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Old 07-07-2017, 12:46   #1
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Man Overboard!

Yesterday I had my first real "man overboard" and it just brought back to the fore some things that I have been saying in "crew safety briefings"....

My colleague (aged 70 and recovering after several strokes) fell off the quayside as we were mooring his boat.

It was the first time we had been out on a boat that he had bought, and it just reinforced my feelings about how courses etc treat MOB.

Getting back to the casualty is the easy bit, getting him back on board is the hard part.

In the marina with the boat tied to the pontoon and I just couldn't get him back onboard the boat!

The boat's boarding ladder was useless, it was too short as it didn't even reach the water line. Get a foot on it and he was already past the horizontal. It was too narrow, he couldn't get both feet on the same rung.

The boat also had a rope ladder with wooden rungs, but those floated and were difficult for him to get his feet onto them while he was swimming.

At 63 I just wasn't strong enough to pull him be on board (the boat has no sugar scoop or bathing platform)...

I eventually managed to get him back on board by getting a bowline over his shoulders and with the help of one of the marina guys.

And this was just a 22ft boat with a very low freeboard (about the same as the marina pontoon!)

How would we have managed it on a Hanse 575 with 5ft of freeboard?

I have always told new crews that "THE TIME TO THINK ABOUT MOB RECOVERY TOOLS IS WHEN YOU ARE IN HARBOUR NEAR A CHANDLERY AND BEFORE YOU HAVE TO TRY TO DO IT FOR REAL, "How would your wife get you back on board if you went over?"

But as I said before it just reinforces the fact that MOB recovery planning needs to be done before it happens! I hadn't really realised the problems of using a ladder with floating rungs!

Real sailors always learn from mistakes and things that happen, preferably from those that happen to others.

I hope that some of you will learn from mine, I certainly have.

We will be making some changes on his boat!
The bathing ladder will be replaced with one that is longer and wider..
We will add a weight to the bottom of his rope ladder so that it sinks.
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Old 07-07-2017, 12:56   #2
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Re: Man Overboard!

A sugar scoop with a pull down ladder and four steps below the surface like on our boat solves this issue. I've been in your situation before with a man and a dog overboard on our Hunter 450, it was horrible and stressful, something I hope to never have repeat itself. We do briefings with new folks onboard and my wife and I practice.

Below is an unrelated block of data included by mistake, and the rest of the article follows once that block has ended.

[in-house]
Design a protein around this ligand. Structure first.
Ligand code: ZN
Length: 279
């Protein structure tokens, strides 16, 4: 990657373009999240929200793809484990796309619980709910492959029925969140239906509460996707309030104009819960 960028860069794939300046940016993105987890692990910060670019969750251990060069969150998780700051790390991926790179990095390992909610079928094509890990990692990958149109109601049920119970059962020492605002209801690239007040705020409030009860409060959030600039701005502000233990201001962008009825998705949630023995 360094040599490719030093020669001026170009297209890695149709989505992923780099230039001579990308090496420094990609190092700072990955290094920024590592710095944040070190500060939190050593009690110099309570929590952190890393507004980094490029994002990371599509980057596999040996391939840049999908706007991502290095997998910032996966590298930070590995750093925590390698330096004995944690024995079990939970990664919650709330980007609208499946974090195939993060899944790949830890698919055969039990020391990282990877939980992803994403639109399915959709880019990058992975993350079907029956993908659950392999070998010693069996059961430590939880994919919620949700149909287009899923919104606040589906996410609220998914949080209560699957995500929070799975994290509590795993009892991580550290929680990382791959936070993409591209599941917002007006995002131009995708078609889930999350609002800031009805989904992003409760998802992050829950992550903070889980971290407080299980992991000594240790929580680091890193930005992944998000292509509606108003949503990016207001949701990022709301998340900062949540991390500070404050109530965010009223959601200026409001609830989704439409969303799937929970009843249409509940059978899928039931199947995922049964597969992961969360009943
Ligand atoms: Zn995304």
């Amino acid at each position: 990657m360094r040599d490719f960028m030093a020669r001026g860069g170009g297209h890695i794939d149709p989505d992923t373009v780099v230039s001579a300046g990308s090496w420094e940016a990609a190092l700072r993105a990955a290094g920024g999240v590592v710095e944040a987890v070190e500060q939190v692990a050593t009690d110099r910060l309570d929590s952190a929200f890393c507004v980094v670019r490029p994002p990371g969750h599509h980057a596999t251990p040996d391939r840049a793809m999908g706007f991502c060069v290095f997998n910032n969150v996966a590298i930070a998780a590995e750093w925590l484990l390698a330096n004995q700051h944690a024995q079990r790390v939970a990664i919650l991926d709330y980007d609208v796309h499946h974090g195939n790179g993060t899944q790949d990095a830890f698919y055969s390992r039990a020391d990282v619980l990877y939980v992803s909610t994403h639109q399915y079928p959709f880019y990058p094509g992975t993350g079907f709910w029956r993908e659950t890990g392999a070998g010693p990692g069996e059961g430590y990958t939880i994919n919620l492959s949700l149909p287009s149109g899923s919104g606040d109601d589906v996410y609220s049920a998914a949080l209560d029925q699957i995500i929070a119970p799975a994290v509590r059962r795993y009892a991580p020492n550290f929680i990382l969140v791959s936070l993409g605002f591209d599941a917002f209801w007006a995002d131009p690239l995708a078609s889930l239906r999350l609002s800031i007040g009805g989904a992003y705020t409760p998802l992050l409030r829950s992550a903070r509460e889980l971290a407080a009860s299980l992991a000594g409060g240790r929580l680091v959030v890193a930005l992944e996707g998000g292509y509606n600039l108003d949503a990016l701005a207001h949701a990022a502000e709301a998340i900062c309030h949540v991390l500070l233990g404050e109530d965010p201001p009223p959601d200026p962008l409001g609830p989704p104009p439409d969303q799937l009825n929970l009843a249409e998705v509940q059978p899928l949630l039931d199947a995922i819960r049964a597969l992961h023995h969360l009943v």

Glad you got him out OK.
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Old 07-07-2017, 15:08   #3
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Re: Man Overboard!

Goodall_M1, you might want to consider a LifeSling and a multipart tackle you can attach to your boom or halyard.

http://www.landfallnavigation.com/sl...FVhYDQodQdcBUg
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Old 07-07-2017, 15:13   #4
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Re: Man Overboard!

We have a lifesling, line can be lead through a block on the davits to the sheet winches.
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Old 07-07-2017, 16:00   #5
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Re: Man Overboard!

Quote:
Originally Posted by Tayana42 View Post
Goodall_M1, you might want to consider a LifeSling and a multipart tackle you can attach to your boom or halyard.

Lifesling 2 - Unit in White Rail Bag
I've said it before, I'll say it again. Every boat should have a handy billy on board.
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Old 07-07-2017, 17:15   #6
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Re: Man Overboard!

I absolutely agree that mechanical advantage is essential. I plan to use the Spinnaker halyard, if Jim is unconscious.

I don't know if the weight on the rope ladder with wooden rungs concept will work all that well, it may still try to skitter under the dinghy, but I'd appreciate it if you try it, and report back on how it works. Thanks in advance, Goodall_M1.
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Old 07-07-2017, 17:24   #7
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Re: Man Overboard!

I agree with everything said before. I just want to share my experience with falling overboard. I had put the boat back in the dock but hadn't got all the lines secured. I was on the dock and a wind gust caught me off guard and before I knew it I was in the water between the boat and the dock. I was embarrassed and my wife had no idea I was in the water. I figured I'd get out by leveraging the spring line by slinging my foot over it. Before I know it I am getting squeezed between the hull and the dock... not a good situation. Luckily I released and got back to the sugarscoop and was able to climb back on board.
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